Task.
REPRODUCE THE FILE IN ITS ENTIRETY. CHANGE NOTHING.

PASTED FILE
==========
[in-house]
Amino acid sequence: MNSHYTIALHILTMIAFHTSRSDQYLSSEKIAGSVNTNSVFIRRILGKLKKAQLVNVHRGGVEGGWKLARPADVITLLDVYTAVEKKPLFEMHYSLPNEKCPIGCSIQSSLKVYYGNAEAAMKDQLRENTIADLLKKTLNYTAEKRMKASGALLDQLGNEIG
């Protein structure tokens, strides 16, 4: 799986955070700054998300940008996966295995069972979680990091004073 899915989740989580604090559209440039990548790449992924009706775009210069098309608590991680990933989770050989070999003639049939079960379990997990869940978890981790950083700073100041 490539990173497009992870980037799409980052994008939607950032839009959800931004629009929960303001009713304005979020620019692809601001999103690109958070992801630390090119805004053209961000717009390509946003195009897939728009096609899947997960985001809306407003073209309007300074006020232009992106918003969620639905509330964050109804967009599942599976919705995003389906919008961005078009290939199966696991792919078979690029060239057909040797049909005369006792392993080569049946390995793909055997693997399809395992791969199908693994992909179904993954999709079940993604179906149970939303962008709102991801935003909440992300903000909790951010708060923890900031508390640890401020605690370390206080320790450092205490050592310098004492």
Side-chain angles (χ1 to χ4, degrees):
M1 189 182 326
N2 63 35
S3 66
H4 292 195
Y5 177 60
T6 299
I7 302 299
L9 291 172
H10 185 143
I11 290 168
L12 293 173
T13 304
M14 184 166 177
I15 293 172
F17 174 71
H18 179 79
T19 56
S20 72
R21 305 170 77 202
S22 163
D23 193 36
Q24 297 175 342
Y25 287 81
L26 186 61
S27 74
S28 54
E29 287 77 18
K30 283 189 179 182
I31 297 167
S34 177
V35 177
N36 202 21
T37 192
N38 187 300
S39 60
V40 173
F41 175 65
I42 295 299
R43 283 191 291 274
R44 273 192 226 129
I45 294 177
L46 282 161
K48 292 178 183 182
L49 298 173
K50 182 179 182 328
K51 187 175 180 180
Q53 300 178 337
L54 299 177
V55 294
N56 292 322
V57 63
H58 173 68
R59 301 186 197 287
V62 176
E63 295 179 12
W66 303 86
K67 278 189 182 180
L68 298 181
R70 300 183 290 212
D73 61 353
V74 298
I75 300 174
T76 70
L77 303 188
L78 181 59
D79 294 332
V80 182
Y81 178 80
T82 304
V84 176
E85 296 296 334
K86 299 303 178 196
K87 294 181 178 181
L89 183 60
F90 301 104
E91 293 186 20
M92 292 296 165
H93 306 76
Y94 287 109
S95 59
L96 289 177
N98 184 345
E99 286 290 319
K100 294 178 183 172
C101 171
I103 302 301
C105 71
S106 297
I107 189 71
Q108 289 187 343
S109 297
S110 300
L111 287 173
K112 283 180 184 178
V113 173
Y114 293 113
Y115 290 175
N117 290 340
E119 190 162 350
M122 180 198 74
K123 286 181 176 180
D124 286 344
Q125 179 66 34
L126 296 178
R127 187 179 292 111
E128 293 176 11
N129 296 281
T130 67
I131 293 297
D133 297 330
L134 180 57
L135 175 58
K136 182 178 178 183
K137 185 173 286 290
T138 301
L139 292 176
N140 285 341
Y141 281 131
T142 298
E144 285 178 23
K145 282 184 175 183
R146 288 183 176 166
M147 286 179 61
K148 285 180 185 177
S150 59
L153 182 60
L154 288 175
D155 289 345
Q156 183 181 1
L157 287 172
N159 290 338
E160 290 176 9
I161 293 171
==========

[in-house]
Amino acid sequence: MNSHYTIALHILTMIAFHTSRSDQYLSSEKIAGSVNTNSVFIRRILGKLKKAQLVNVHRGGVEGGWKLARPADVITLLDVYTAVEKKPLFEMHYSLPNEKCPIGCSIQSSLKVYYGNAEAAMKDQLRENTIADLLKKTLNYTAEKRMKASGALLDQLGNEIG
């Protein structure tokens, strides 16, 4: 799986955070700054998300940008996966295995069972979680990091004073 899915989740989580604090559209440039990548790449992924009706775009210069098309608590991680990933989770050989070999003639049939079960379990997990869940978890981790950083700073100041 490539990173497009992870980037799409980052994008939607950032839009959800931004629009929960303001009713304005979020620019692809601001999103690109958070992801630390090119805004053209961000717009390509946003195009897939728009096609899947997960985001809306407003073209309007300074006020232009992106918003969620639905509330964050109804967009599942599976919705995003389906919008961005078009290939199966696991792919078979690029060239057909040797049909005369006792392993080569049946390995793909055997693997399809395992791969199908693994992909179904993954999709079940993604179906149970939303962008709102991801935003909440992300903000909790951010708060923890900031508390640890401020605690370390206080320790450092205490050592310098004492």
Side-chain angles (χ1 to χ4, degrees):
M1 189 182 326
N2 63 35
S3 66
H4 292 195
Y5 177 60
T6 299
I7 302 299
L9 291 172
H10 185 143
I11 290 168
L12 293 173
T13 304
M14 184 166 177
I15 293 172
F17 174 71
H18 179 79
T19 56
S20 72
R21 305 170 77 202
S22 163
D23 193 36
Q24 297 175 342
Y25 287 81
L26 186 61
S27 74
S28 54
E29 287 77 18
K30 283 189 179 182
I31 297 167
S34 177
V35 177
N36 202 21
T37 192
N38 187 300
S39 60
V40 173
F41 175 65
I42 295 299
R43 283 191 291 274
R44 273 192 226 129
I45 294 177
L46 282 161
K48 292 178 183 182
L49 298 173
K50 182 179 182 328
K51 187 175 180 180
Q53 300 178 337
L54 299 177
V55 294
N56 292 322
V57 63
H58 173 68
R59 301 186 197 287
V62 176
E63 295 179 12
W66 303 86
K67 278 189 182 180
L68 298 181
R70 300 183 290 212
D73 61 353
V74 298
I75 300 174
T76 70
L77 303 188
L78 181 59
D79 294 332
V80 182
Y81 178 80
T82 304
V84 176
E85 296 296 334
K86 299 303 178 196
K87 294 181 178 181
L89 183 60
F90 301 104
E91 293 186 20
M92 292 296 165
H93 306 76
Y94 287 109
S95 59
L96 289 177
N98 184 345
E99 286 290 319
K100 294 178 183 172
C101 171
I103 302 301
C105 71
S106 297
I107 189 71
Q108 289 187 343
S109 297
S110 300
L111 287 173
K112 283 180 184 178
V113 173
Y114 293 113
Y115 290 175
N117 290 340
E119 190 162 350
M122 180 198 74
K123 286 181 176 180
D124 286 344
Q125 179 66 34
L126 296 178
R127 187 179 292 111
E128 293 176 11
N129 296 281
T130 67
I131 293 297
D133 297 330
L134 180 57
L135 175 58
K136 182 178 178 183
K137 185 173 286 290
T138 301
L139 292 176
N140 285 341
Y141 281 131
T142 298
E144 285 178 23
K145 282 184 175 183
R146 288 183 176 166
M147 286 179 61
K148 285 180 185 177
S150 59
L153 182 60
L154 288 175
D155 289 345
Q156 183 181 1
L157 287 172
N159 290 338
E160 290 176 9
I161 293 171